It’s OK to ask for help. So, I am asking…

Published on
May 15, 2020
Time to read: 

​One of the hardest lessons to learn is that it’s OK to ask for help. I know my strengths and I know the areas where I can use help. I’m also human, so I sometimes need to be reminded that it’s OK to ask for help.

Over the last few weeks, I’ve been immersing myself in one of my special interests; Mentorship (or as some people call it the “art of mentoring”). I’m developing Mentorship training sessions in collaboration with Shawn Mintz, who successfully launched and runs MentorCity, an online platform that helps organizations and individuals with their Mentoring needs. I won’t go into great detail about Mentorship here, that’s not what this blog is about.

I know that visual design and marketing are not among my strengths. I’m taking steps to learn enough so that I avoid doing things that are counter-productive for marketing my business. This includes reaching out to connect with mentor(s) who can help me. I recently connected with a new mentor through the HRPA mentoring program (hosted by MentorCity). We’ve already met once, by video chat, and gotten to know each other. We have similar values and outlooks on blending business and personal lives. I’ve also applied for a mentor through the Women’s Rural Mentorship project run by the WE-CAN Project at Queen’s University and the Kingston Economic Development Corporation (KEDC). I know that I can learn from more than one mentor at a time!

Do I know everything? Of course not, no one does. And that’s OK. I like to share what I do know; I like it so much; I based my entire business model on sharing stories to help others thrive.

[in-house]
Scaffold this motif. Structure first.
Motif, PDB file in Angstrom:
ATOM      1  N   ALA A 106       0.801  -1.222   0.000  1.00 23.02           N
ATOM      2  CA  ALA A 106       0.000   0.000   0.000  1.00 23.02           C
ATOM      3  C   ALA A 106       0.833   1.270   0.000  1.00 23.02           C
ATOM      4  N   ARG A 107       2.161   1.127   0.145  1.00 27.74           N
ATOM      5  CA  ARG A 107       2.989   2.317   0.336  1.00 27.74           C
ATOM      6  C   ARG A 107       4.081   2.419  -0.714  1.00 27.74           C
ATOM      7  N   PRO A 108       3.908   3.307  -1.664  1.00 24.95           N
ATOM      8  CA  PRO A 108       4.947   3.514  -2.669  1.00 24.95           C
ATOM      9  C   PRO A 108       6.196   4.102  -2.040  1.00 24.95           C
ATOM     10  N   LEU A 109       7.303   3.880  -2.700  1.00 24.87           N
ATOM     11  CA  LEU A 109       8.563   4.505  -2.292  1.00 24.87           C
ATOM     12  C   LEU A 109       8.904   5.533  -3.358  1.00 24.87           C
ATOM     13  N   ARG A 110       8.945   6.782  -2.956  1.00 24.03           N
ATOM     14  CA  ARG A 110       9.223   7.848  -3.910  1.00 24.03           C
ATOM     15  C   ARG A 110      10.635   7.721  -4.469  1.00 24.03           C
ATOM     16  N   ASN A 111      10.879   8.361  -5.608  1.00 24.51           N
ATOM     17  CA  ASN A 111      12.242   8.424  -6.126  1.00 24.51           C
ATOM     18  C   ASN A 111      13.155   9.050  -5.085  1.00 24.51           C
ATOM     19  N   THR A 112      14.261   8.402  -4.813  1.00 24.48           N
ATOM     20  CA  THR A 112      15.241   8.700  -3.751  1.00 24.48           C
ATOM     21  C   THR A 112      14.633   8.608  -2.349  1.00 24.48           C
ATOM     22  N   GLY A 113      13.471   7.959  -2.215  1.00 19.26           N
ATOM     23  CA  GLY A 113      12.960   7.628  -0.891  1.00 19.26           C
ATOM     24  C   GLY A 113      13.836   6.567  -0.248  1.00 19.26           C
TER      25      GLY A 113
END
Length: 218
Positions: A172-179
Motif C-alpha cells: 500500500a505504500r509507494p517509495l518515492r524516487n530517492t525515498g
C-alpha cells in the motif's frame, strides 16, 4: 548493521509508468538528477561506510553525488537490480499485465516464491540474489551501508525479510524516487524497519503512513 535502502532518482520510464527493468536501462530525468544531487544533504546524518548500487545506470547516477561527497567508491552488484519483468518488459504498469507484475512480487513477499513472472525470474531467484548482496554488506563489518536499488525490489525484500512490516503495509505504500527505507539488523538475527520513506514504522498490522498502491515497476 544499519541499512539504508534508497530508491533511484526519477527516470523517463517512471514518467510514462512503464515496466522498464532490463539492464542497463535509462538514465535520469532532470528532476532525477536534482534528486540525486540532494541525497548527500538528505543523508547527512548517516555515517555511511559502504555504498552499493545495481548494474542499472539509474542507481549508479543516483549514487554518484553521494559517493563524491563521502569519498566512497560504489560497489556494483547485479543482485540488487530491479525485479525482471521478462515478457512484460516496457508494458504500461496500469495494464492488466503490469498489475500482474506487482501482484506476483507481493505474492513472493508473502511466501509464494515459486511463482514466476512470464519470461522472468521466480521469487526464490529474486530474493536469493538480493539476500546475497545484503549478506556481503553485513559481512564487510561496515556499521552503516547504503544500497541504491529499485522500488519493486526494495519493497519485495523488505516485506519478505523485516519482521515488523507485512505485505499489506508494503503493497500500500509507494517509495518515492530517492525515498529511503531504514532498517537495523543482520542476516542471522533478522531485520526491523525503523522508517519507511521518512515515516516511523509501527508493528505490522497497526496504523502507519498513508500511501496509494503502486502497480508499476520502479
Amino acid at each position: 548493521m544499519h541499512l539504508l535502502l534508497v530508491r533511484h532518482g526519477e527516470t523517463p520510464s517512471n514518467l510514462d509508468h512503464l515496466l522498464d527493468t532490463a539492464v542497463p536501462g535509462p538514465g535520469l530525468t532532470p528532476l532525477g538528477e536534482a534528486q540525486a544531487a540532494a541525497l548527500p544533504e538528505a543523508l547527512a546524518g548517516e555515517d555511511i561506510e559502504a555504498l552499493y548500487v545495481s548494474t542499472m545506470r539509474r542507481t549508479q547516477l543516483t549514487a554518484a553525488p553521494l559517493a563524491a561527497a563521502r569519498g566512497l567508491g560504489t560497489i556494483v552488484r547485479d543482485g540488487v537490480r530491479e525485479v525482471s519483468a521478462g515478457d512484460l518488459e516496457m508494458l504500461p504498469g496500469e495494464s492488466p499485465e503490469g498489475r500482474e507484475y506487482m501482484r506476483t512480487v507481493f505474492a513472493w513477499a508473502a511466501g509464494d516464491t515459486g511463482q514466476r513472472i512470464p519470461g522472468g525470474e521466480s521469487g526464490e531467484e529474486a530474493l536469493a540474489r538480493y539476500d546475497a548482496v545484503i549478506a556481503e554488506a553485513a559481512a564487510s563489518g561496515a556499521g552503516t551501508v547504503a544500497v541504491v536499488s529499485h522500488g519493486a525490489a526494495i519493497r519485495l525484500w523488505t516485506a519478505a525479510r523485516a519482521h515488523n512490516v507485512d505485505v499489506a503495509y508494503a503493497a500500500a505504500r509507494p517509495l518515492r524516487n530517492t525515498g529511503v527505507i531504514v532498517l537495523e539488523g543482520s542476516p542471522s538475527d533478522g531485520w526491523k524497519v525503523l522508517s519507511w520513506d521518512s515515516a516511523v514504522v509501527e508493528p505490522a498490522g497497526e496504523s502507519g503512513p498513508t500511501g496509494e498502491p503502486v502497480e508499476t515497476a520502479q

I also believe in paying it forward: I mentor others (mostly through my professional associations), I deliver pro-bono talks to a variety of groups, and I write this blog.
I’d like to end this week’s blog with a request for help from you, my readers. Help with a visual design issue. I’m delivering a bilingual presentation in mid-June through a webinar format. I’ll only have one set of slides to share during the session. I plan to have content in both official languages on my slides.  I’ll be switching back and forth between speaking French and English as I present. My handouts will be unilingual, and both the French and English versions will be available to all participants.

The client that this session is being developed for is exploring ways to make the content more accessible, including real time translation, and close captioning.

I’d really like your help with ideas on how to include both French and English text on one set of slides.  Have you seen this before? If so, what did you like about what you saw, and what irritated you? Do you have any ideas on how I can include text in two languages on one slide, in a way that looks professional and is visually appealing? 

​Your suggestions would be a great help!